Full name Marvan Samson Atapattu
Born November 22, 1970, Kalutara
Current age 44 years 316 days
Major teams Sri Lanka, Asia XI, Delhi Giants, ICL World XI, Sinhalese Sports Club
Batting style Right-hand bat
Bowling style Legbreak
Relation Brother-in-law - N Ranatunga
|Test debut||India v Sri Lanka at Chandigarh, Nov 23-27, 1990 scorecard|
|Last Test||Australia v Sri Lanka at Hobart, Nov 16-20, 2007 scorecard|
|ODI debut||India v Sri Lanka at Nagpur, Dec 1, 1990 scorecard|
|Last ODI||India v Sri Lanka at Visakhapatnam, Feb 17, 2007 scorecard|
|T20I debut||New Zealand v Sri Lanka at Wellington, Dec 22, 2006 scorecard|
|Last T20I||New Zealand v Sri Lanka at Auckland, Dec 26, 2006 scorecard|
|Last First-class||Australia v Sri Lanka at Hobart, Nov 16-20, 2007 scorecard|
|List A debut||1990|
|Last List A||India v Sri Lanka at Visakhapatnam, Feb 17, 2007 scorecard|
|Twenty20 debut||Colombo Cricket Club v Sinhalese Sports Club at Colombo (Bloomfield), Oct 16, 2005 scorecard|
|Last Twenty20||New Zealand v Sri Lanka at Auckland, Dec 26, 2006 scorecard|
|Bat & Bowl||Team||Opposition||Ground||Match Date||Scorecard|
|1||Asia XI||v World XI||Doha||6 Oct 2014||Other T20|
|34||SL Masters||v WI Masters||Bridgetown||9 Nov 2010||Other T20|
|17||SL Masters||v WI Masters||Bridgetown||7 Nov 2010||Other T20|
|-||SL Masters||v Eng Masters||Bridgetown||6 Nov 2010||Other T20|
|11||SL Masters||v Ind Masters||Bridgetown||5 Nov 2010||Other T20|
|42||SL Masters||v Eng Masters||Bridgetown||3 Dec 2009||Other T20|
|5||SL Masters||v SA Masters||Bridgetown||28 Nov 2009||Other T20|
|44||SL Masters||v WI Masters||Bridgetown||27 Nov 2009||Other T20|
|-||ICL World XI||v ICL Pak XI||Ahmedabad||26 Nov 2008||Other T20|
|11||Delhi Giants||v ICL Hyd||Panchkula||1 Nov 2008||Other T20|
A vulnerable starter, Atapattu showed immense strength of character once he got his eye in. On a lifeless pitch, he was a master of the percentage game, his caution a useful counterpoint to the risks taken by Sanath Jayasuriya, his opening partner almost throughout his Test career. All his big Test innings - he scored six double-hundreds in his career, a feat bettered only by Don Bradman (12), Wally Hammond and Brian Lara (seven each) - were been slow affairs but the most tortuous episode of his international career was its start: it took him nearly seven years to get established. However, since the 1990s his average climbed upwards. An elegant player to watch, Atapattu's signature shot was his high-elbow cover-drive.
For three years he stood as Jayasuriya's understudy before being appointed to lead the one-day side in April 2003. He had been expected to take charge of the Test team as well, but the selection committee appointed Hashan Tillakaratne for that job. Atapattu's career took another bizarre twist later in the year when embroiled in the cash-in-the-bedroom affair in which a match-fixing investigation was initiated after a large sum of cash was discovered in the safe of the hotel room he had occupied during England's tour in 2003. The ICC later cleared Atapattu of any wrongdoing and the likeliest explanation for the mystery remains a crude attempt to blacken his reputation.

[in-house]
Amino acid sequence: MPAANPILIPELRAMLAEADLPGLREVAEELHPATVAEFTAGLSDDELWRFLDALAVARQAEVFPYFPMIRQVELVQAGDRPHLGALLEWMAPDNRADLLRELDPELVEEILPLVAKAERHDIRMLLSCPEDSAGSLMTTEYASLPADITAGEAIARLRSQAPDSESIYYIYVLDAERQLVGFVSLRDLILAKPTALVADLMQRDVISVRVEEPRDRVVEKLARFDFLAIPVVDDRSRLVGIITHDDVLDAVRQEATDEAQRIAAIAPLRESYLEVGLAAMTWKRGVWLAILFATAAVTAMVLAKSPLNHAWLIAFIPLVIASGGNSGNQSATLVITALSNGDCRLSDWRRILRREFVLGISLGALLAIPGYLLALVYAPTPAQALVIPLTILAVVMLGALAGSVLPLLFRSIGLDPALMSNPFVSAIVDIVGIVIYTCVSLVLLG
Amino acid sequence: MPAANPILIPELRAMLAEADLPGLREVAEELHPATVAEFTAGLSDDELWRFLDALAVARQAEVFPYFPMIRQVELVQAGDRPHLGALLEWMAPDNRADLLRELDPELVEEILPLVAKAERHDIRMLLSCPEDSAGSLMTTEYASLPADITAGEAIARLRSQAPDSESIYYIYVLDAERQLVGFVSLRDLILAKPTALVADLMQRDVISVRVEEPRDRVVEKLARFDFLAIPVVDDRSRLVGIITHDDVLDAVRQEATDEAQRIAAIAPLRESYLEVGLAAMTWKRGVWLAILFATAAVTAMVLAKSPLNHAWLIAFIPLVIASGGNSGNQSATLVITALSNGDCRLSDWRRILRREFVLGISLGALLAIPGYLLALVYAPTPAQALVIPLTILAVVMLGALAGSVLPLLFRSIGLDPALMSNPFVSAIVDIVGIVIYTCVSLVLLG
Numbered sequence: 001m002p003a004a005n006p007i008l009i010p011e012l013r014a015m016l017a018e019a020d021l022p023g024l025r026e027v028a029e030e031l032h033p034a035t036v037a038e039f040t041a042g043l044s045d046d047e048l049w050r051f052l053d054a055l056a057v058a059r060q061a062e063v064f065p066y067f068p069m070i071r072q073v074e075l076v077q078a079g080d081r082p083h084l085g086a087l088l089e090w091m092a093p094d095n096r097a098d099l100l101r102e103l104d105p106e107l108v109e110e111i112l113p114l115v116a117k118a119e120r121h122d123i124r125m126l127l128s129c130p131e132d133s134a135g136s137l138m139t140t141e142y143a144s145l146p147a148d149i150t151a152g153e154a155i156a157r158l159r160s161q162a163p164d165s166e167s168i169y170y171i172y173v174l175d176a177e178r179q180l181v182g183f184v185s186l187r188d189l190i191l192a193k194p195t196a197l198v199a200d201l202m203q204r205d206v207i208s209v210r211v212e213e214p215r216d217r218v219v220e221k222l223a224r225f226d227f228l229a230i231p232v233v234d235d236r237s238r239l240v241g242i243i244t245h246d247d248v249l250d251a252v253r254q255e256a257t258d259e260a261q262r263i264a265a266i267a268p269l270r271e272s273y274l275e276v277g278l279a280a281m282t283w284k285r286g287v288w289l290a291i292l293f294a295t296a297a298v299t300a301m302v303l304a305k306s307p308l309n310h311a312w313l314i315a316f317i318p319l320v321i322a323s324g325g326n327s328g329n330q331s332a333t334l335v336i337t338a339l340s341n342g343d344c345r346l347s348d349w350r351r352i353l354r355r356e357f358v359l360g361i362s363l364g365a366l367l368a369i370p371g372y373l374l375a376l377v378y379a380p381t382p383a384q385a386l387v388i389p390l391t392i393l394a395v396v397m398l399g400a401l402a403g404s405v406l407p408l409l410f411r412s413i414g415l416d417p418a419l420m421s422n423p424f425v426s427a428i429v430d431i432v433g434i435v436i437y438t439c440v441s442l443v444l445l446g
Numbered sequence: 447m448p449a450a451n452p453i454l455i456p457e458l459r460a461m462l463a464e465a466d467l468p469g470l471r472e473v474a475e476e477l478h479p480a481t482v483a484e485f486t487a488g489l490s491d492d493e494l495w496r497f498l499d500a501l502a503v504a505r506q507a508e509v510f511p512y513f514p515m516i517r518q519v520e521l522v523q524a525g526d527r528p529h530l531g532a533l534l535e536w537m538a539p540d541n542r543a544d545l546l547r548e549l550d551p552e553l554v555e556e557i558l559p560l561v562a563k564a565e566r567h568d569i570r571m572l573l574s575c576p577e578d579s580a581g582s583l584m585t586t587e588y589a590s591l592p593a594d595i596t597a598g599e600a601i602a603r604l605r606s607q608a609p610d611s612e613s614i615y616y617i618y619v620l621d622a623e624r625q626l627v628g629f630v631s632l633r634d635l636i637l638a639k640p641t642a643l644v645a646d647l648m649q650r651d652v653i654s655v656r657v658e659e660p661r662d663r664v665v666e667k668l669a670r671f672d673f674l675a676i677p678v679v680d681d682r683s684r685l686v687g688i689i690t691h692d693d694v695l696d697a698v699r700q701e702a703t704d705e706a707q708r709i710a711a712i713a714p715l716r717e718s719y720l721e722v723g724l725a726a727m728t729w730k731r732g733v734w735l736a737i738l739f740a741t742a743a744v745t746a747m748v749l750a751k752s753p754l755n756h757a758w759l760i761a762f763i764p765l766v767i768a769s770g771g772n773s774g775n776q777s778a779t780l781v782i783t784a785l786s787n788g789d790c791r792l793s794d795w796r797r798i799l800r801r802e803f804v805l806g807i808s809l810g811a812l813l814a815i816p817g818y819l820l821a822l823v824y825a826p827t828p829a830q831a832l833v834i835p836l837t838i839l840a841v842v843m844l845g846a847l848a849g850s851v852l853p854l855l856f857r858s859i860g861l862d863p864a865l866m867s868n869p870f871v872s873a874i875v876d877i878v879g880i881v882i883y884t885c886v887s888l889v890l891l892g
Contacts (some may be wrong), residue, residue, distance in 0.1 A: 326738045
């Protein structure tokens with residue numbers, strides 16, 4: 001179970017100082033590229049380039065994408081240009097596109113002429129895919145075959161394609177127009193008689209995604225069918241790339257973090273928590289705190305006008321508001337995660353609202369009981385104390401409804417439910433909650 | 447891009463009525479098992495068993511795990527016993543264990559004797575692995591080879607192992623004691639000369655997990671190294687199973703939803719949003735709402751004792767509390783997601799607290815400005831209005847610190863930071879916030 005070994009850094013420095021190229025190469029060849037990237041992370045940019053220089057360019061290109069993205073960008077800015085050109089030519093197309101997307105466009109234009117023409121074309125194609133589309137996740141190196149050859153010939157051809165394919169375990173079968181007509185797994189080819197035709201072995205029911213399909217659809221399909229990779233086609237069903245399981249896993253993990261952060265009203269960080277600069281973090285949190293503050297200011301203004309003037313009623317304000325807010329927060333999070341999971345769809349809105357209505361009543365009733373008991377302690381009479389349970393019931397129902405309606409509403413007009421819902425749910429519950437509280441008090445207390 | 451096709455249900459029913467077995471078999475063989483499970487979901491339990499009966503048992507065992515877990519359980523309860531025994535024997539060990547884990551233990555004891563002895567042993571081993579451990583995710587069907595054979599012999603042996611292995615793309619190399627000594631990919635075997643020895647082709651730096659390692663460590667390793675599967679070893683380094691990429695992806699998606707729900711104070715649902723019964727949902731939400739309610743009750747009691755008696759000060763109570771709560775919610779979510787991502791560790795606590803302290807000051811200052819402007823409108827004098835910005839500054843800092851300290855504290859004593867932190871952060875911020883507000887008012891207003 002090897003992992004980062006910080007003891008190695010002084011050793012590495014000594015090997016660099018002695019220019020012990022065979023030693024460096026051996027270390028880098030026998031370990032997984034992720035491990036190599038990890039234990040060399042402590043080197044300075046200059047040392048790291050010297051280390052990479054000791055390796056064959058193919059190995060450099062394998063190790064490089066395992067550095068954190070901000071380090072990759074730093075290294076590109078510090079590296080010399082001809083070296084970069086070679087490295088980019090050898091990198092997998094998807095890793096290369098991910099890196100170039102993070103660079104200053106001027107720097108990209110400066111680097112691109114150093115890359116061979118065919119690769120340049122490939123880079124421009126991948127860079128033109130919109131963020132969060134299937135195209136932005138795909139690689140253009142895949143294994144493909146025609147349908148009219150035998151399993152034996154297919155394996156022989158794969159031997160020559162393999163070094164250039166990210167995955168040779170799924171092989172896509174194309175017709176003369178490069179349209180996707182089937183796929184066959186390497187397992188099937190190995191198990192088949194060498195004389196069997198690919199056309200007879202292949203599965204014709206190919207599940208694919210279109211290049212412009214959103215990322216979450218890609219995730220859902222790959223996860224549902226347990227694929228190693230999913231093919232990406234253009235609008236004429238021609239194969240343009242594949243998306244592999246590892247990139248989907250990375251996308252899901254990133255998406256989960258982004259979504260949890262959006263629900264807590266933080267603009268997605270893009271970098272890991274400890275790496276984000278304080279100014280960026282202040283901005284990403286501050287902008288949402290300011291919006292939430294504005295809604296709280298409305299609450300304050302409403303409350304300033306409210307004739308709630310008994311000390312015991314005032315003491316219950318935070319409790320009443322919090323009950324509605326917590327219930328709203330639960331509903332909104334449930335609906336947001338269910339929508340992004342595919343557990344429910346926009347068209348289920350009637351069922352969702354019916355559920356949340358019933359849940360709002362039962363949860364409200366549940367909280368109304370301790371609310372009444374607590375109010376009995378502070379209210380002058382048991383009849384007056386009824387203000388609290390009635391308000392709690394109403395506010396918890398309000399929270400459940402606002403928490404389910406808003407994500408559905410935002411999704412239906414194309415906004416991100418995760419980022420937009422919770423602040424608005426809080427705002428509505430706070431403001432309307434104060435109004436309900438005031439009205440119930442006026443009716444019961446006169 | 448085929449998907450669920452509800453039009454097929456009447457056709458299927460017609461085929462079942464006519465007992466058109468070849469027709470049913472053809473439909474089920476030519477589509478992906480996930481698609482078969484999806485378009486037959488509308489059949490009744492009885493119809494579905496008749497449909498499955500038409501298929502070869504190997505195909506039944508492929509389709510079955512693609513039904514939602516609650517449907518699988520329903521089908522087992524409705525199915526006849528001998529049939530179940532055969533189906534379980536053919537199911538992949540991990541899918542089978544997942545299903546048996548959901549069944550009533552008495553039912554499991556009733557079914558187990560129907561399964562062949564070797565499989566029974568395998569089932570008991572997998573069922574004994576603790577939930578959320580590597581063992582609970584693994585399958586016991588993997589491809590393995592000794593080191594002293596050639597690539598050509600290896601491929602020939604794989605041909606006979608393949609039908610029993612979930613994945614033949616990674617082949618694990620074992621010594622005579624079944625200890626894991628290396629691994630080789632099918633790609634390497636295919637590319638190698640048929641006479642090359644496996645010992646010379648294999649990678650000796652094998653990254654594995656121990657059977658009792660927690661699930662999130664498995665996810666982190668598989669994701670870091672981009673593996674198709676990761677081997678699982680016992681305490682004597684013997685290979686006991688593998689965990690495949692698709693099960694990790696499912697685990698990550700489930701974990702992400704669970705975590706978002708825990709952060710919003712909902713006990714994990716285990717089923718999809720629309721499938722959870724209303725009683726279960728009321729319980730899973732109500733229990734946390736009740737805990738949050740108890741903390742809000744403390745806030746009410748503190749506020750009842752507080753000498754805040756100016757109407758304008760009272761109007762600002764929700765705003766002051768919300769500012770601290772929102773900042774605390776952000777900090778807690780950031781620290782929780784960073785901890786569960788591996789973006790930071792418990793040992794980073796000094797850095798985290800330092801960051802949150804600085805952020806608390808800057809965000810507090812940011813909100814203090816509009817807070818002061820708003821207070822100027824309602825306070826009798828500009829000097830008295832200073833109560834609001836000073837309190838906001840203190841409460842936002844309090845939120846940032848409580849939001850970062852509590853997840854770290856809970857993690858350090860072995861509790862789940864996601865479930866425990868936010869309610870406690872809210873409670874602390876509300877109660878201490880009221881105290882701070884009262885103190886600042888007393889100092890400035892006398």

But by early 2004 the team was drifting downwards under Tillakaratne and the selectors were finally compelled to appoint Atapattu as the Test captain. Within weeks he had halted the team's slide and established himself as a strong leader. On the surface a quiet and reserved character, his captaincy pedigree was not entirely obvious to the outsider, but within the dressing-room he was a straight-talking and positive captain, firm and fair in his dealings with the players and aggressive in his approach to the game. By mid-2004 the fortunes of the team had changed as Sri Lanka won the Asia Cup and whitewashed South Africa. The team fared poorly in the ICC Champions Trophy but perked up against Pakistan in October 2004.
But Atapattu's capacity for attracting the unexpected continued when, out of the blue, Ashantha de Mel, the new government-appointed chairman of selectors, launched a scathing attack on the team management on the eve of the Paktel Cup in 2004-05, accusing them of blocking his attempts to blood new players. Atapattu wisely steered clear of a public confrontation, though his relationship with the selectors remained prickly.
His career was put on hold by a back injury early in 2006 which led to Mahela Jayawardene taking on the captaincy. He was slowly reintroduced to the one-day side, but his tussles with the selectors continued. He was a late inclusion on the Australian tour following a ministerial intervention to bring him into the squad, but midway through the series he hit out at the selectors again, calling them "a set of muppets headed by a joker". He scored two half-centuries in the series, including 80 in the second innings in Hobart, but announced his retirement from international cricket on the last day of the Test.
Atapattu then joined the unofficial Indian Cricket League, playing for the Delhi Giants and ICL World XI. A ban on he and four other Sri Lankans was lifted in September 2008, meaning Atapattu was free to play domestic cricket back home.
Since retirement from all cricket, Atapattu has forged a reputation as a technically adroit and hard-working batting coach, particularly for his work with the Sri Lanka team. He has been the national side's batting coach since 2011, and was promoted to the position of assistant coach in March 2013. In the wake of Paul Farbrace's sudden departure from the head coach position a year later, Atapattu was appointed the interim head coach for the away tour of England, and the home tour against South Africa, in July.
Cricinfo staff September 2008
Also: slowest to 100 Test wickets, run out in both innings, and the oldest surviving Test captain
Stats highlights from the first T20I between India and South Africa in Dharamsala